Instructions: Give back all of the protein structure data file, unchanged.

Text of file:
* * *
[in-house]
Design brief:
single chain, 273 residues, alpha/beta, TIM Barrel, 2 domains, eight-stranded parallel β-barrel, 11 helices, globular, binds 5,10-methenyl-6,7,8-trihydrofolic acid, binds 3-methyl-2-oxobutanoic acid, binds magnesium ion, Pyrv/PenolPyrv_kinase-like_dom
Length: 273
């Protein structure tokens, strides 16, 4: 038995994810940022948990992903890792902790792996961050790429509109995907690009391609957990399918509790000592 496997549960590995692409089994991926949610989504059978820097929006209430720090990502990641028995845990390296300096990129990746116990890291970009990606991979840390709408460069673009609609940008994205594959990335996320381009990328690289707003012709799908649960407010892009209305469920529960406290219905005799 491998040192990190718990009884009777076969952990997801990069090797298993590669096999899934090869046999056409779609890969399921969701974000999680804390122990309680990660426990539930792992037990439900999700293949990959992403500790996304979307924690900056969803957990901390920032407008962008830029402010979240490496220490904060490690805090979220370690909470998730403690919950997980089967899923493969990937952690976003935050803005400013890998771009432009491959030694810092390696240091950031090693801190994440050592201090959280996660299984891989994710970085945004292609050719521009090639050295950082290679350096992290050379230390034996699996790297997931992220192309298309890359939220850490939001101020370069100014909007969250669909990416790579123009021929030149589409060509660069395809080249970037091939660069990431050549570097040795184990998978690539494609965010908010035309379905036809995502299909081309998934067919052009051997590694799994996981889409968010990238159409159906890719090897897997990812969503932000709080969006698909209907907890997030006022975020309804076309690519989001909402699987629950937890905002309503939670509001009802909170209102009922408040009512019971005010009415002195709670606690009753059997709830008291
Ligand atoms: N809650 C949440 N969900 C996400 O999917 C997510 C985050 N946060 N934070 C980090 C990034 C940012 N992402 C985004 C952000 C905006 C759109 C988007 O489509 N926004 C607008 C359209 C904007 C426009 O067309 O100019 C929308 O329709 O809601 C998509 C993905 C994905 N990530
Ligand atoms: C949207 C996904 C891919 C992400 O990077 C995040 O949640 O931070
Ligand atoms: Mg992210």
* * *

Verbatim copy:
[in-house]
Design brief:
single chain, 273 residues, alpha/beta, TIM Barrel, 2 domains, eight-stranded parallel β-barrel, 11 helices, globular, binds 5,10-methenyl-6,7,8-trihydrofolic acid, binds 3-methyl-2-oxobutanoic acid, binds magnesium ion, Pyrv/PenolPyrv_kinase-like_dom
Length: 273
């Protein structure tokens, strides 16, 4: 038995994810940022948990992903890792902790792996961050790429509109995907690009391609957990399918509790000592 496997549960590995692409089994991926949610989504059978820097929006209430720090990502990641028995845990390296300096990129990746116990890291970009990606991979840390709408460069673009609609940008994205594959990335996320381009990328690289707003012709799908649960407010892009209305469920529960406290219905005799 491998040192990190718990009884009777076969952990997801990069090797298993590669096999899934090869046999056409779609890969399921969701974000999680804390122990309680990660426990539930792992037990439900999700293949990959992403500790996304979307924690900056969803957990901390920032407008962008830029402010979240490496220490904060490690805090979220370690909470998730403690919950997980089967899923493969990937952690976003935050803005400013890998771009432009491959030694810092390696240091950031090693801190994440050592201090959280996660299984891989994710970085945004292609050719521009090639050295950082290679350096992290050379230390034996699996790297997931992220192309298309890359939220850490939001101020370069100014909007969250669909990416790579123009021929030149589409060509660069395809080249970037091939660069990431050549570097040795184990998978690539494609965010908010035309379905036809995502299909081309998934067919052009051997590694799994996981889409968010990238159409159906890719090897897997990812969503932000709080969006698909209907907890997030006022975020309804076309690519989001909402699987629950937890905002309503939670509001009802909170209102009922408040009512019971005010009415002195709670606690009753059997709830008291
Ligand atoms: N809650 C949440 N969900 C996400 O999917 C997510 C985050 N946060 N934070 C980090 C990034 C940012 N992402 C985004 C952000 C905006 C759109 C988007 O489509 N926004 C607008 C359209 C904007 C426009 O067309 O100019 C929308 O329709 O809601 C998509 C993905 C994905 N990530
Ligand atoms: C949207 C996904 C891919 C992400 O990077 C995040 O949640 O931070
Ligand atoms: Mg992210």